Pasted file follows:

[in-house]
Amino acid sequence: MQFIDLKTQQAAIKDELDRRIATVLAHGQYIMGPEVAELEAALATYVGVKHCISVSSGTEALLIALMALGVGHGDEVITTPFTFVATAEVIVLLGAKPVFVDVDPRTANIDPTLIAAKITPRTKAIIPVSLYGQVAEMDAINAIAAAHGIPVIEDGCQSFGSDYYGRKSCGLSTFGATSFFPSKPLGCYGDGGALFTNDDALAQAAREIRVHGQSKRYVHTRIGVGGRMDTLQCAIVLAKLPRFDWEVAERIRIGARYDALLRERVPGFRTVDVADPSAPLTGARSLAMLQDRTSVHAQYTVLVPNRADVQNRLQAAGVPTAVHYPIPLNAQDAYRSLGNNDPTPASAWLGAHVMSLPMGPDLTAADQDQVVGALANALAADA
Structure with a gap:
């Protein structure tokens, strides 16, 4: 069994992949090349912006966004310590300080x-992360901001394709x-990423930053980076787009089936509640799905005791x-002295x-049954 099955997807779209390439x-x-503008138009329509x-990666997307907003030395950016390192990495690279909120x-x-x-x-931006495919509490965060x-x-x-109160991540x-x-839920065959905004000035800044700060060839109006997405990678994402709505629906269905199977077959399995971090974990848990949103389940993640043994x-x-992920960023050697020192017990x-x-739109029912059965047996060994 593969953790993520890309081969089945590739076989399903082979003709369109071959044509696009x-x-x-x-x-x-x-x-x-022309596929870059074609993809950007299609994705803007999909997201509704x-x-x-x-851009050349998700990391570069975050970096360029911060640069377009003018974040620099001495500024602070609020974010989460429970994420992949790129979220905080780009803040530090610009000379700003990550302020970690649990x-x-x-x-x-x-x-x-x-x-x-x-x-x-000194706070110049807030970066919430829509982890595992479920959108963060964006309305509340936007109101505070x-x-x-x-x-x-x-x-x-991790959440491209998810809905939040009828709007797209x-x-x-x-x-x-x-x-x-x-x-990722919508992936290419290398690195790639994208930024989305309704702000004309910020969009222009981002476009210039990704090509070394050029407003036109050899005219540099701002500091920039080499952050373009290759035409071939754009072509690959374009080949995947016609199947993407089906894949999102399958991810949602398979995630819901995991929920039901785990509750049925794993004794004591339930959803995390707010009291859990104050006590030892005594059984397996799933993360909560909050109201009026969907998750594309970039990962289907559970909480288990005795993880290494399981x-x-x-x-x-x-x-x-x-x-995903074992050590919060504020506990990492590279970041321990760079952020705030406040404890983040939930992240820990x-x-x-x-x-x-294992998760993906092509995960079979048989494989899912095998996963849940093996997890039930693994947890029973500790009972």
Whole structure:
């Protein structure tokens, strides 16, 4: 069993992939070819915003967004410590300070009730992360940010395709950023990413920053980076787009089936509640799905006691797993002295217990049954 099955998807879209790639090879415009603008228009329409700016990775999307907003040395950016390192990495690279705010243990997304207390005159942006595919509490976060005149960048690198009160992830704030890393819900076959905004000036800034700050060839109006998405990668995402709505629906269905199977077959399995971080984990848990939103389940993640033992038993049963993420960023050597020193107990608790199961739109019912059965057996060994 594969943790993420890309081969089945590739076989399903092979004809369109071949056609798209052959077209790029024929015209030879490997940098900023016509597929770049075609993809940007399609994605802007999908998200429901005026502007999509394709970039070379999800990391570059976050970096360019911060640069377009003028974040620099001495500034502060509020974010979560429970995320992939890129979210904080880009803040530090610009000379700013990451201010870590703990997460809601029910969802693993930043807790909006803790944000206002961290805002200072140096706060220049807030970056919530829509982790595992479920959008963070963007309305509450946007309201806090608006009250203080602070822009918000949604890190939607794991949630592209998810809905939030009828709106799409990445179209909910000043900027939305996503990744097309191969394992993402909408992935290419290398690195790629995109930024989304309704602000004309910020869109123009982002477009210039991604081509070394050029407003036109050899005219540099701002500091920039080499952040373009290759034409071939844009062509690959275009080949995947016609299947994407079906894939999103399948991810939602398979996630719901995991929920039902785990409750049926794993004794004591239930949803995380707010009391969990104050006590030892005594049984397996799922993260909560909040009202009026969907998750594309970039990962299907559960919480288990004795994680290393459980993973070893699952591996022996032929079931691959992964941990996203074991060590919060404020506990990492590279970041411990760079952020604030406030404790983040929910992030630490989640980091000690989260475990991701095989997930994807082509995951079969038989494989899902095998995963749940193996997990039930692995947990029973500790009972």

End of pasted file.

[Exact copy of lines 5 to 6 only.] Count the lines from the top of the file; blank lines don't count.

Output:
Whole structure:
């Protein structure tokens, strides 16, 4: 069993992939070819915003967004410590300070009730992360940010395709950023990413920053980076787009089936509640799905006691797993002295217990049954 099955998807879209790639090879415009603008228009329409700016990775999307907003040395950016390192990495690279705010243990997304207390005159942006595919509490976060005149960048690198009160992830704030890393819900076959905004000036800034700050060839109006998405990668995402709505629906269905199977077959399995971080984990848990939103389940993640033992038993049963993420960023050597020193107990608790199961739109019912059965057996060994 594969943790993420890309081969089945590739076989399903092979004809369109071949056609798209052959077209790029024929015209030879490997940098900023016509597929770049075609993809940007399609994605802007999908998200429901005026502007999509394709970039070379999800990391570059976050970096360019911060640069377009003028974040620099001495500034502060509020974010979560429970995320992939890129979210904080880009803040530090610009000379700013990451201010870590703990997460809601029910969802693993930043807790909006803790944000206002961290805002200072140096706060220049807030970056919530829509982790595992479920959008963070963007309305509450946007309201806090608006009250203080602070822009918000949604890190939607794991949630592209998810809905939030009828709106799409990445179209909910000043900027939305996503990744097309191969394992993402909408992935290419290398690195790629995109930024989304309704602000004309910020869109123009982002477009210039991604081509070394050029407003036109050899005219540099701002500091920039080499952040373009290759034409071939844009062509690959275009080949995947016609299947994407079906894939999103399948991810939602398979996630719901995991929920039902785990409750049926794993004794004591239930949803995380707010009391969990104050006590030892005594049984397996799922993260909560909040009202009026969907998750594309970039990962299907559960919480288990004795994680290393459980993973070893699952591996022996032929079931691959992964941990996203074991060590919060404020506990990492590279970041411990760079952020604030406030404790983040929910992030630490989640980091000690989260475990991701095989997930994807082509995951079969038989494989899902095998995963749940193996997990039930692995947990029973500790009972």